Nearly 10,000 preterm births could have been prevented in 2002 if all pregnant women at high risk for a premature baby and eligible for weekly injections of a derivative of the hormone progesterone had received them, according to a new study published in the February issue of Obstetrics & Gynecology.
The result would have been a reduction in the overall rate of preterm birth (before 37 completed weeks gestation) in the United States of about 2 percent -- from the 2002 rate of 12.1 percent to 11.8 percent -- say Joann R. Petrini, Ph.D., M.P.H., and colleagues from the March of Dimes, the Centers for Disease Control and Prevention, the National Institute of Child Health and Human Development (NICHD), Albert Einstein College of Medicine, Maimonides Medical Center in New York, and the New Jersey and Missouri State Departments of Health who participated in the analyses.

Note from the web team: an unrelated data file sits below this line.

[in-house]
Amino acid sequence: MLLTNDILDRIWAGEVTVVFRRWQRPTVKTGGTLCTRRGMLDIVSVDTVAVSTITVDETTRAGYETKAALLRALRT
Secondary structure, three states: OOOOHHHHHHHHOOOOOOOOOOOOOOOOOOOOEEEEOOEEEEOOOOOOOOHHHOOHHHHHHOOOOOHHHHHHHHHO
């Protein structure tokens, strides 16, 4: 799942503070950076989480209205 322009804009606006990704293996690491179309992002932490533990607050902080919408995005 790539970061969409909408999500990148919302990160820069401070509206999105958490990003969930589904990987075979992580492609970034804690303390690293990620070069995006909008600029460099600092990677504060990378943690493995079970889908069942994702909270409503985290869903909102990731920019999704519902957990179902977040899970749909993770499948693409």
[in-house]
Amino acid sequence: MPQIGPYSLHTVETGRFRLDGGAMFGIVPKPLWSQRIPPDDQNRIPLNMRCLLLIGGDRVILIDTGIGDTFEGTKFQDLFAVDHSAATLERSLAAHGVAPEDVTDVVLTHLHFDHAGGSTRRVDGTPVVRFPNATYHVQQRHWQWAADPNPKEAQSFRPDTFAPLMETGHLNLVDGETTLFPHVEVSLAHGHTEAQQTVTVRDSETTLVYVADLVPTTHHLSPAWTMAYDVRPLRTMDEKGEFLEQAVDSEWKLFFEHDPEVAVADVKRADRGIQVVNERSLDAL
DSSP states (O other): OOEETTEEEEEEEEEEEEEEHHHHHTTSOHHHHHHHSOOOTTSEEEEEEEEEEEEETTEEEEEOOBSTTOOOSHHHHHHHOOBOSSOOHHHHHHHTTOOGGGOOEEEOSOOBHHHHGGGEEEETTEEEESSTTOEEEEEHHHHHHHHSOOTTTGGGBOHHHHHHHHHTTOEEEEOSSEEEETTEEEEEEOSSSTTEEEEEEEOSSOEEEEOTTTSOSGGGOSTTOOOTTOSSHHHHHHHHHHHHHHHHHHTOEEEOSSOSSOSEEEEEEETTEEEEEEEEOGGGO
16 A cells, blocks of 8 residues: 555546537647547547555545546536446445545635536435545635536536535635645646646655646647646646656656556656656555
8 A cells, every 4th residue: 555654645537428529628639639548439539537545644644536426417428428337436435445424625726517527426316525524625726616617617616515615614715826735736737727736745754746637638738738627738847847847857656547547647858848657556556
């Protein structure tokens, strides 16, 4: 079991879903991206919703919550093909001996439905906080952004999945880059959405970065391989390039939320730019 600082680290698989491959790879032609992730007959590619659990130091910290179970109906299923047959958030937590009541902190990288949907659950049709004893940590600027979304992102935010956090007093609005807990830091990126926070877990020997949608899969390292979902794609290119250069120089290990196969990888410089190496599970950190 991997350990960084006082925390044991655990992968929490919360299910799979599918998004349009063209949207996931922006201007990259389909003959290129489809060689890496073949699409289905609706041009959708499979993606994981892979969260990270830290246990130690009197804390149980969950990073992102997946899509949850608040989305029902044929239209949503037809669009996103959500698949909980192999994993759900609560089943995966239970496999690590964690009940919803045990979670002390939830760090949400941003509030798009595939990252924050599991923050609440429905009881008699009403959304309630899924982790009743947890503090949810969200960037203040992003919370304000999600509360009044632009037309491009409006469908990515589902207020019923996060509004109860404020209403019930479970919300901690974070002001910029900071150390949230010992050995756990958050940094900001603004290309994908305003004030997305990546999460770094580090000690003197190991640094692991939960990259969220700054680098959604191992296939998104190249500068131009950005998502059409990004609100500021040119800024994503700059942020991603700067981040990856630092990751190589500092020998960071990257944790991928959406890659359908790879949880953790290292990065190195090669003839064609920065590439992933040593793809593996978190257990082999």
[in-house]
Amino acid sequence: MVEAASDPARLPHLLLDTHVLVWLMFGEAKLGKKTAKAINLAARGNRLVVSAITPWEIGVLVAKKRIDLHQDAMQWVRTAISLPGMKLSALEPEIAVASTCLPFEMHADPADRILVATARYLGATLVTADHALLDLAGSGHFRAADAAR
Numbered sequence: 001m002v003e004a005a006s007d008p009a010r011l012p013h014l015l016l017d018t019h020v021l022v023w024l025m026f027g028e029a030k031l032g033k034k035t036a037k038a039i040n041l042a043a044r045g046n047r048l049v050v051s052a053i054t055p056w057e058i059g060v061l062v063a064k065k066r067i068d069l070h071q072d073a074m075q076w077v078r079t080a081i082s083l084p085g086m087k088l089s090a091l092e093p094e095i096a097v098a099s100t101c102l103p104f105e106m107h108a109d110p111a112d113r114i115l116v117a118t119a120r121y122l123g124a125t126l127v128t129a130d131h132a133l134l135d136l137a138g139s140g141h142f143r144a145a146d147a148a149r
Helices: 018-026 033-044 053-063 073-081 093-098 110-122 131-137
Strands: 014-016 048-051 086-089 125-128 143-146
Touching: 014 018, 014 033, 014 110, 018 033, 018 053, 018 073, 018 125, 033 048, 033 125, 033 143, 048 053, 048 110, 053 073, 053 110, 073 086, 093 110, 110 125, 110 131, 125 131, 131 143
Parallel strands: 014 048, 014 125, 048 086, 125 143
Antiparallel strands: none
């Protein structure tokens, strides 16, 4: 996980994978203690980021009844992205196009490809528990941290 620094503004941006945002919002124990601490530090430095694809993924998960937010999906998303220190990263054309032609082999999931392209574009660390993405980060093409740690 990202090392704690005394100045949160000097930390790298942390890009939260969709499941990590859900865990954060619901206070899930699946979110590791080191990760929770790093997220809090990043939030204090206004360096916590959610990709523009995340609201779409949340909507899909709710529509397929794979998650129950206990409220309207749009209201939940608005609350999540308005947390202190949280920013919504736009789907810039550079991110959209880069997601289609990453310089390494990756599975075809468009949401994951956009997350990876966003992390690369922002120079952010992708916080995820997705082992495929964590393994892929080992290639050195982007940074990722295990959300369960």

The hormone derivative is known as 17P, short for 17 alpha-hydroxyprogesterone caproate.
Michele Kling | EurekAlert!
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